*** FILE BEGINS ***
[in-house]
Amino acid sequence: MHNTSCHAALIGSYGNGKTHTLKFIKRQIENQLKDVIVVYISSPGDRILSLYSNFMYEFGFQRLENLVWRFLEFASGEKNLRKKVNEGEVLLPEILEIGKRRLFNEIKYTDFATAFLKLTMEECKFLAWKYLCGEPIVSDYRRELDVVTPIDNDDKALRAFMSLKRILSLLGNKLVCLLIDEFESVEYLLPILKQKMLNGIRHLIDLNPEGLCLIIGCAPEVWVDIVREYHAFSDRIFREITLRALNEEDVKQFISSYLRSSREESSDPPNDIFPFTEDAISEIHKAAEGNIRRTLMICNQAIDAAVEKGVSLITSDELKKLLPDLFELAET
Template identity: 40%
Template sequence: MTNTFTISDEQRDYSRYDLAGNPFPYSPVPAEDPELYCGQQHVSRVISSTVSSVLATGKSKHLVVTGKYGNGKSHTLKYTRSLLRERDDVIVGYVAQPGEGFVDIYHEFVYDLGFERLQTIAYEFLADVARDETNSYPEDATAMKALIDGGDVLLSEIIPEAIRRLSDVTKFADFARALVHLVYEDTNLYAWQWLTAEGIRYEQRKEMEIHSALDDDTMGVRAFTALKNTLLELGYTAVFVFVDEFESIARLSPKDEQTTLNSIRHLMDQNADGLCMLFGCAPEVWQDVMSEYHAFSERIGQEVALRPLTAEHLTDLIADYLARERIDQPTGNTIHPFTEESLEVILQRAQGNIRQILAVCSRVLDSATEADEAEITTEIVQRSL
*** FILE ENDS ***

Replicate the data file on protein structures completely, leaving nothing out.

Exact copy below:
[in-house]
Amino acid sequence: MHNTSCHAALIGSYGNGKTHTLKFIKRQIENQLKDVIVVYISSPGDRILSLYSNFMYEFGFQRLENLVWRFLEFASGEKNLRKKVNEGEVLLPEILEIGKRRLFNEIKYTDFATAFLKLTMEECKFLAWKYLCGEPIVSDYRRELDVVTPIDNDDKALRAFMSLKRILSLLGNKLVCLLIDEFESVEYLLPILKQKMLNGIRHLIDLNPEGLCLIIGCAPEVWVDIVREYHAFSDRIFREITLRALNEEDVKQFISSYLRSSREESSDPPNDIFPFTEDAISEIHKAAEGNIRRTLMICNQAIDAAVEKGVSLITSDELKKLLPDLFELAET
Template identity: 40%
Template sequence: MTNTFTISDEQRDYSRYDLAGNPFPYSPVPAEDPELYCGQQHVSRVISSTVSSVLATGKSKHLVVTGKYGNGKSHTLKYTRSLLRERDDVIVGYVAQPGEGFVDIYHEFVYDLGFERLQTIAYEFLADVARDETNSYPEDATAMKALIDGGDVLLSEIIPEAIRRLSDVTKFADFARALVHLVYEDTNLYAWQWLTAEGIRYEQRKEMEIHSALDDDTMGVRAFTALKNTLLELGYTAVFVFVDEFESIARLSPKDEQTTLNSIRHLMDQNADGLCMLFGCAPEVWQDVMSEYHAFSERIGQEVALRPLTAEHLTDLIADYLARERIDQPTGNTIHPFTEESLEVILQRAQGNIRQILAVCSRVLDSATEADEAEITTEIVQRSL